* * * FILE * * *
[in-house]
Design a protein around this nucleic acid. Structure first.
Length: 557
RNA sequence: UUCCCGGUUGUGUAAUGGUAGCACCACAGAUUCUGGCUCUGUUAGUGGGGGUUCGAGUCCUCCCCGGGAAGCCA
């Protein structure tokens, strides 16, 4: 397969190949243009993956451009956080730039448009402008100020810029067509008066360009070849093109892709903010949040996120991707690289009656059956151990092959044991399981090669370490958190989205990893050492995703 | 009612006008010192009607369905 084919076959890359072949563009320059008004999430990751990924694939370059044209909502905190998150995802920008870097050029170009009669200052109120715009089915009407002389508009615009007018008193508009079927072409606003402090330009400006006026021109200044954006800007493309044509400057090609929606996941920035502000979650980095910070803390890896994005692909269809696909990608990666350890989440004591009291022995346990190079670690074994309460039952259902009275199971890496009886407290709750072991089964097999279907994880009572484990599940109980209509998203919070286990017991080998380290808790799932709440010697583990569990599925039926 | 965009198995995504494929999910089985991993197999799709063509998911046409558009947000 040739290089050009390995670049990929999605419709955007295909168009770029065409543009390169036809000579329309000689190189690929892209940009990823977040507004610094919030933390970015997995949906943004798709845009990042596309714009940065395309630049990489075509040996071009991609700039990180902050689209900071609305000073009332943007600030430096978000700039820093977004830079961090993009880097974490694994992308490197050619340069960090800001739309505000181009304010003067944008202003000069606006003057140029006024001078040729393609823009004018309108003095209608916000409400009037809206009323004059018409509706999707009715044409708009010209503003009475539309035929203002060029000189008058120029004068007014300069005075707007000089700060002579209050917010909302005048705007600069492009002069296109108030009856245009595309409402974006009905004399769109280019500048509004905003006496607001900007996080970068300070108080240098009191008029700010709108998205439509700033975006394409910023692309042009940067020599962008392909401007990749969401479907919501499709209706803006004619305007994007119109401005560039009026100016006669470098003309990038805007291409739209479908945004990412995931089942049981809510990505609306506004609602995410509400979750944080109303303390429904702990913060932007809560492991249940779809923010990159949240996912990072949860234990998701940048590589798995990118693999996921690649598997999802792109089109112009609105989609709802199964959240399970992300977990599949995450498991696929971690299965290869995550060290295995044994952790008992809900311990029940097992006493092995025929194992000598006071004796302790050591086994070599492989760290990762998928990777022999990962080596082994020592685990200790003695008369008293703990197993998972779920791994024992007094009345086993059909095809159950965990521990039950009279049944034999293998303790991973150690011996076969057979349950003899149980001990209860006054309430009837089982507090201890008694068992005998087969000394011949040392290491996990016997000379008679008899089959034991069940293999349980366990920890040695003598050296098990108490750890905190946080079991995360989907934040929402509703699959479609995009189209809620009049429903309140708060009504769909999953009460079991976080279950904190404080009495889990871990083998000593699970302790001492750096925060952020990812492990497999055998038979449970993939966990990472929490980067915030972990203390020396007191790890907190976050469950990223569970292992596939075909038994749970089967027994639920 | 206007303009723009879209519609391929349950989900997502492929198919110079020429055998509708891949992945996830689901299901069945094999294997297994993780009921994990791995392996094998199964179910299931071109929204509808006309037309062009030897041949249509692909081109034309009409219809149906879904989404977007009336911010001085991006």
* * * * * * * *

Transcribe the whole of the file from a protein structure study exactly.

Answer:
[in-house]
Design a protein around this nucleic acid. Structure first.
Length: 557
RNA sequence: UUCCCGGUUGUGUAAUGGUAGCACCACAGAUUCUGGCUCUGUUAGUGGGGGUUCGAGUCCUCCCCGGGAAGCCA
């Protein structure tokens, strides 16, 4: 397969190949243009993956451009956080730039448009402008100020810029067509008066360009070849093109892709903010949040996120991707690289009656059956151990092959044991399981090669370490958190989205990893050492995703 | 009612006008010192009607369905 084919076959890359072949563009320059008004999430990751990924694939370059044209909502905190998150995802920008870097050029170009009669200052109120715009089915009407002389508009615009007018008193508009079927072409606003402090330009400006006026021109200044954006800007493309044509400057090609929606996941920035502000979650980095910070803390890896994005692909269809696909990608990666350890989440004591009291022995346990190079670690074994309460039952259902009275199971890496009886407290709750072991089964097999279907994880009572484990599940109980209509998203919070286990017991080998380290808790799932709440010697583990569990599925039926 | 965009198995995504494929999910089985991993197999799709063509998911046409558009947000 040739290089050009390995670049990929999605419709955007295909168009770029065409543009390169036809000579329309000689190189690929892209940009990823977040507004610094919030933390970015997995949906943004798709845009990042596309714009940065395309630049990489075509040996071009991609700039990180902050689209900071609305000073009332943007600030430096978000700039820093977004830079961090993009880097974490694994992308490197050619340069960090800001739309505000181009304010003067944008202003000069606006003057140029006024001078040729393609823009004018309108003095209608916000409400009037809206009323004059018409509706999707009715044409708009010209503003009475539309035929203002060029000189008058120029004068007014300069005075707007000089700060002579209050917010909302005048705007600069492009002069296109108030009856245009595309409402974006009905004399769109280019500048509004905003006496607001900007996080970068300070108080240098009191008029700010709108998205439509700033975006394409910023692309042009940067020599962008392909401007990749969401479907919501499709209706803006004619305007994007119109401005560039009026100016006669470098003309990038805007291409739209479908945004990412995931089942049981809510990505609306506004609602995410509400979750944080109303303390429904702990913060932007809560492991249940779809923010990159949240996912990072949860234990998701940048590589798995990118693999996921690649598997999802792109089109112009609105989609709802199964959240399970992300977990599949995450498991696929971690299965290869995550060290295995044994952790008992809900311990029940097992006493092995025929194992000598006071004796302790050591086994070599492989760290990762998928990777022999990962080596082994020592685990200790003695008369008293703990197993998972779920791994024992007094009345086993059909095809159950965990521990039950009279049944034999293998303790991973150690011996076969057979349950003899149980001990209860006054309430009837089982507090201890008694068992005998087969000394011949040392290491996990016997000379008679008899089959034991069940293999349980366990920890040695003598050296098990108490750890905190946080079991995360989907934040929402509703699959479609995009189209809620009049429903309140708060009504769909999953009460079991976080279950904190404080009495889990871990083998000593699970302790001492750096925060952020990812492990497999055998038979449970993939966990990472929490980067915030972990203390020396007191790890907190976050469950990223569970292992596939075909038994749970089967027994639920 | 206007303009723009879209519609391929349950989900997502492929198919110079020429055998509708891949992945996830689901299901069945094999294997297994993780009921994990791995392996094998199964179910299931071109929204509808006309037309062009030897041949249509692909081109034309009409219809149906879904989404977007009336911010001085991006």